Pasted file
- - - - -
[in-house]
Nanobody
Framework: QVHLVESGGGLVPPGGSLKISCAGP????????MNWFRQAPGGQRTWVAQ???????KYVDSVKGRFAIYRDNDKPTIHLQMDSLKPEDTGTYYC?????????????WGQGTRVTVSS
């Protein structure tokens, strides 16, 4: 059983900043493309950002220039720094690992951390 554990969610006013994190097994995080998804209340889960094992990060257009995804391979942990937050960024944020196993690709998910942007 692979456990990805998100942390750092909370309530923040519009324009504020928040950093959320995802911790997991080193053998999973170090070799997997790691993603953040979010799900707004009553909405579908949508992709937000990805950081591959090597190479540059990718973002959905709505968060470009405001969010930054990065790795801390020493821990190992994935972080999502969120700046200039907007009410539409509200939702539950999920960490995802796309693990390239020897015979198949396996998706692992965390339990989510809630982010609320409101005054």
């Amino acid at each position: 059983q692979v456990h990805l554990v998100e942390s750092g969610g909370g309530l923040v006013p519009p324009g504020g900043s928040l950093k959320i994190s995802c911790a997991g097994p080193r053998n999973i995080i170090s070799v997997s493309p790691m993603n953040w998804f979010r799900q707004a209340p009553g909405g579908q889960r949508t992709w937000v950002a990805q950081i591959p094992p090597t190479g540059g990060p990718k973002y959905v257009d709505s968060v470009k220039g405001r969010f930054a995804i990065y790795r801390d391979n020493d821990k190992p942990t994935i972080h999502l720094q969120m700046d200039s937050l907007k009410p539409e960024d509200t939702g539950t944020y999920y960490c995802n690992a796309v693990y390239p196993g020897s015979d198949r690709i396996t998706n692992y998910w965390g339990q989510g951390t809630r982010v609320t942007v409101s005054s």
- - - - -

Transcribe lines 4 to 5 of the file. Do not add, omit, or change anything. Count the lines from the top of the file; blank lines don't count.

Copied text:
């Protein structure tokens, strides 16, 4: 059983900043493309950002220039720094690992951390 554990969610006013994190097994995080998804209340889960094992990060257009995804391979942990937050960024944020196993690709998910942007 692979456990990805998100942390750092909370309530923040519009324009504020928040950093959320995802911790997991080193053998999973170090070799997997790691993603953040979010799900707004009553909405579908949508992709937000990805950081591959090597190479540059990718973002959905709505968060470009405001969010930054990065790795801390020493821990190992994935972080999502969120700046200039907007009410539409509200939702539950999920960490995802796309693990390239020897015979198949396996998706692992965390339990989510809630982010609320409101005054």
């Amino acid at each position: 059983q692979v456990h990805l554990v998100e942390s750092g969610g909370g309530l923040v006013p519009p324009g504020g900043s928040l950093k959320i994190s995802c911790a997991g097994p080193r053998n999973i995080i170090s070799v997997s493309p790691m993603n953040w998804f979010r799900q707004a209340p009553g909405g579908q889960r949508t992709w937000v950002a990805q950081i591959p094992p090597t190479g540059g990060p990718k973002y959905v257009d709505s968060v470009k220039g405001r969010f930054a995804i990065y790795r801390d391979n020493d821990k190992p942990t994935i972080h999502l720094q969120m700046d200039s937050l907007k009410p539409e960024d509200t939702g539950t944020y999920y960490c995802n690992a796309v693990y390239p196993g020897s015979d198949r690709i396996t998706n692992y998910w965390g339990q989510g951390t809630r982010v609320t942007v409101s005054s």